To think this child should be in school?

(35 Posts)
LondonNightOwl Fri 10-Jun-16 00:06:45

How long is reasonable for a child to miss school when visiting a parent in another country ? Child (junior school age) of a friend is currently staying with parent in the UK. Child normally lives in another European country - child is staying in the UK until October currently (arrived in April) and friend has no plans to register him at a school. Is friend allowed to do this (as in keep him out of education for 6 months?) confused

Friend works f/t so won't be homeschooling

katemiddletonsnudeheels Fri 10-Jun-16 00:11:00

I'd think it depends on the laws from his home country. He'll be learning English!

fatmomma99 Fri 10-Jun-16 00:13:54

depends on the age. In the UK children (by law) should be in full time education the term after they turn 5. In some European countries it is older, so they might well - by UK standards - have to be in school but if the parents live outside the UK it's not an issue to them, because their children don't have to be in school until some time later, depending on the country.

arethereanyleftatall Fri 10-Jun-16 00:16:49

Who will be looking after said child whilst your friend works?

LondonNightOwl Fri 10-Jun-16 00:22:09

Neighbor wanted me to look after his son whilst he works but I refused. He's been off work since his son arrived but has gone back this week - I think he's using another neighbor (who has similar age kids) for childminding

bloodyteenagers Fri 10-Jun-16 00:23:10

Home school doesn't have to happen 9-3. That's one of the reasons why home school is an option. There are no actual set hours for hs either so it is totally possible to work ft and hs.
If English isn't the child's first language and is learning, that could be said its hs.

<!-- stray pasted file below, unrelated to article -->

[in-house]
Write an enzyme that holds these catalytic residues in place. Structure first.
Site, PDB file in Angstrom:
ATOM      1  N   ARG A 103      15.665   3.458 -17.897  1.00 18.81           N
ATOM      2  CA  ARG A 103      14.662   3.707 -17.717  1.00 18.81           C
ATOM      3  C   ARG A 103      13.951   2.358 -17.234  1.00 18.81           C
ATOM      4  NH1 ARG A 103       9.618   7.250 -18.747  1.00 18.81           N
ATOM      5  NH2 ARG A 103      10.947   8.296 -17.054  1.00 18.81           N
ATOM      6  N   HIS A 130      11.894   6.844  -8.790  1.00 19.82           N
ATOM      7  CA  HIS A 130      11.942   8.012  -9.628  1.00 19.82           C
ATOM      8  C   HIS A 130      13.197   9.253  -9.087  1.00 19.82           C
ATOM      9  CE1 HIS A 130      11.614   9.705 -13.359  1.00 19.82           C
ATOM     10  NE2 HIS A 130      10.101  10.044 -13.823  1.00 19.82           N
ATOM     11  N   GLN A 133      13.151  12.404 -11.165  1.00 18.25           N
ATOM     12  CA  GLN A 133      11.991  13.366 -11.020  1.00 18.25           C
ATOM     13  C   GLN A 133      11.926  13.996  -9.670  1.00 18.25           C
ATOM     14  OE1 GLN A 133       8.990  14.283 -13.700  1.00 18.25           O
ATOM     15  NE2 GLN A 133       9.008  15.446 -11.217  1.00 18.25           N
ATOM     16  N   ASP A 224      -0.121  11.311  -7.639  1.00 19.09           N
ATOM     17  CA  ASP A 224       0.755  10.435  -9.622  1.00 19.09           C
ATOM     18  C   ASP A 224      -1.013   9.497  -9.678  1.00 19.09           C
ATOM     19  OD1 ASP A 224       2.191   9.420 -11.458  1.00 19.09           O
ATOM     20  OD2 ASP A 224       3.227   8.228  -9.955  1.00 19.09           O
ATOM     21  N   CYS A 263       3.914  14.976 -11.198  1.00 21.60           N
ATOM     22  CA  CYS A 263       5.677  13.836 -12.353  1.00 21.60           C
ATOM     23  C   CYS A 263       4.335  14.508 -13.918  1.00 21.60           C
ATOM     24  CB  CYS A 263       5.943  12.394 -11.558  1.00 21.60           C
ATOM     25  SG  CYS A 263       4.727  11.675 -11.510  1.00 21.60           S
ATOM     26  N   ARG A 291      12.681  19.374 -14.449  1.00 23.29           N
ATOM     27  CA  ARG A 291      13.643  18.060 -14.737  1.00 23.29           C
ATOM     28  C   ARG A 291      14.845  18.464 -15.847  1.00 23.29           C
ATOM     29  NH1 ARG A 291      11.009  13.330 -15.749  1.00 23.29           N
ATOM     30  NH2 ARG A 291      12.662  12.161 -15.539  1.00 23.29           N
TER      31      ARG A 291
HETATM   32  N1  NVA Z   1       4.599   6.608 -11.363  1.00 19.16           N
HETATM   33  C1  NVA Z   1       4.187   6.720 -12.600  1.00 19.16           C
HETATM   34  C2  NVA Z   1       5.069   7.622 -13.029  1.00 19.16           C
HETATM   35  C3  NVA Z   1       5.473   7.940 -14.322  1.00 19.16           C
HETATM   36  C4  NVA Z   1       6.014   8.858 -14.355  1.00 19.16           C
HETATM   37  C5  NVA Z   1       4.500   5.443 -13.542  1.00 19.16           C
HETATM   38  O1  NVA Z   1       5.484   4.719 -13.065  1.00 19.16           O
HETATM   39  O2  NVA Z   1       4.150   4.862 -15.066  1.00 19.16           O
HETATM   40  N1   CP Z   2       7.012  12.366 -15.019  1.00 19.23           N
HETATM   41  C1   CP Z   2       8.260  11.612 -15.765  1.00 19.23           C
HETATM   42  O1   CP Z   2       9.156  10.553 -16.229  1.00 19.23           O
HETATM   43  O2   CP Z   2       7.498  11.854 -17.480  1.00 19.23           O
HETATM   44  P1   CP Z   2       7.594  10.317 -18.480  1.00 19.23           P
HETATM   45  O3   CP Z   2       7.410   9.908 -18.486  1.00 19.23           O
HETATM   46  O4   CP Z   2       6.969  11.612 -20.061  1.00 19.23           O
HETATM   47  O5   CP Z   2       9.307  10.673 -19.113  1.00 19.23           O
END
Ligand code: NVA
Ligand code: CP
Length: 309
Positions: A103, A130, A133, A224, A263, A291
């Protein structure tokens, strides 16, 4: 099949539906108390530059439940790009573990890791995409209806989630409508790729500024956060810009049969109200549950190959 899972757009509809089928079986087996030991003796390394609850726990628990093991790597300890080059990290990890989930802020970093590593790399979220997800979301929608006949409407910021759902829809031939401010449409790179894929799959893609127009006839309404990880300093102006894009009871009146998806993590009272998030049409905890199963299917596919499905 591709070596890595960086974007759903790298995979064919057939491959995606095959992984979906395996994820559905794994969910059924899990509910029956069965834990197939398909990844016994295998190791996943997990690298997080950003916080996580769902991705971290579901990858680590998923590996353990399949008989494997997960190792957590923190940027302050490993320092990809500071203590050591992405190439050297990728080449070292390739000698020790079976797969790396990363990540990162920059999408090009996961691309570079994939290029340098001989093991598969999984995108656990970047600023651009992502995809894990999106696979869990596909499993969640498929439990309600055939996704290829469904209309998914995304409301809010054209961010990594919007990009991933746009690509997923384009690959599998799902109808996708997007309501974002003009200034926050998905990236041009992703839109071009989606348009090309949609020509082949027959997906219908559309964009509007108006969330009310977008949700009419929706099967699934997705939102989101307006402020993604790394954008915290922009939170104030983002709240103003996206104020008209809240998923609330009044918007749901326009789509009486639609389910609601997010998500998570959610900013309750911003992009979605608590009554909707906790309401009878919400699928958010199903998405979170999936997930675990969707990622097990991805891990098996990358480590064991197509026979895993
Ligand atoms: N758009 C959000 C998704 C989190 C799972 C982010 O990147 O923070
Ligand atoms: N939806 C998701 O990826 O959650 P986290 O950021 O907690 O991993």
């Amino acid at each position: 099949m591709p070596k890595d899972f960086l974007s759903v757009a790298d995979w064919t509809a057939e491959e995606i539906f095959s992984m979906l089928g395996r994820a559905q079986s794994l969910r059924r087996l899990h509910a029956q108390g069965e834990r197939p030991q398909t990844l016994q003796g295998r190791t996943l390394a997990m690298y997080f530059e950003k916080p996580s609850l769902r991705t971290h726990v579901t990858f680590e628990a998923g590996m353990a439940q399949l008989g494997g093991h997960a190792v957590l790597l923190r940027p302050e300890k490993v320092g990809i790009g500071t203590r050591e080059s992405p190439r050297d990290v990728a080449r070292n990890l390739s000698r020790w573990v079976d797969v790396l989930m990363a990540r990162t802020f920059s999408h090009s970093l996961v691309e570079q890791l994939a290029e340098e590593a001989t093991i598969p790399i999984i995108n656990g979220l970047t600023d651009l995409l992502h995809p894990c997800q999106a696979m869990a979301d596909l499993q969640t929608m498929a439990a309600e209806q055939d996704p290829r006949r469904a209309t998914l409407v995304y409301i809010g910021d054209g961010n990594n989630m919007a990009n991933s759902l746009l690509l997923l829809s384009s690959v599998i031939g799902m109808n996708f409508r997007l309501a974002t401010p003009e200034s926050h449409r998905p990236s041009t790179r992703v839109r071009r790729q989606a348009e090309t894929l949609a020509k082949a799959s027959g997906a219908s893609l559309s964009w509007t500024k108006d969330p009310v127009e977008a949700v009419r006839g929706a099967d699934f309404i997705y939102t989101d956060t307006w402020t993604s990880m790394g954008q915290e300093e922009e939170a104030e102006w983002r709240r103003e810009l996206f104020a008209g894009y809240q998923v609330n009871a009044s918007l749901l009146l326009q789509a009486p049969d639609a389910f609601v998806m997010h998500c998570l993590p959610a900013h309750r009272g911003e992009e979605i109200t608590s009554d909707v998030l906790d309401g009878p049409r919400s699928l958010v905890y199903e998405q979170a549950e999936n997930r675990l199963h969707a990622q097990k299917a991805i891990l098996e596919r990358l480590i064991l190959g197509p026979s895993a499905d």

Obviously the child will be somewhere during this time and that person could be educating the child.

MadamDeathstare Fri 10-Jun-16 00:23:12

If he is younger than 7 he wouldn't need to be in school in the US. Here children only have to start education in first grade, they can miss pre-school and Kindergarten completely if their parents want.

Maybe it is similar in his home country.

bloodyteenagers Fri 10-Jun-16 00:24:54

So it's possible that until this week the child was having some education.
Depending on the lea there might not actually be a place especially for a child who is a visitor.

FarelyKnuts Fri 10-Jun-16 00:25:24

It's 7 years old in Ireland too (though most go at 5). And a good few other European countries.

MrsSpecter Fri 10-Jun-16 00:28:37

hmm education doesnt just happen between 9 and 3. Of course s/he can be home educated with a WOHP parent.

NickiFury Fri 10-Jun-16 00:28:55

No child "should" be in school. All children "should" receive an appropriate eduction. THAT is the law.

NickiFury Fri 10-Jun-16 00:29:24

And it doesn't necessarily have to take place in a school.

dizzyfucker Fri 10-Jun-16 00:29:28

But you said juniors, which is 8 plus right. The latest children start is 7. It's only 6 months, which in the grand scheme of things isn't much. Some counties have really long summer holidays. For example if he was in Florida he would stop school in May and go back in August. So only missing 3 months of actual school. Could this be the case?

zzzzz Fri 10-Jun-16 00:51:49

Of course he can HE and work, and of course the child doesn't have to go to school.

Ditsy4 Fri 10-Jun-16 00:52:21

No they come into juniors at 7.
Travellers children often have six months off.
Your neighbour should be registered as a childminder.čss

Nataleejah Fri 10-Jun-16 05:11:09

In other countries people have more freedom or much longer holidays. I'm sure this child will catch up somehow.

branofthemist Fri 10-Jun-16 05:44:33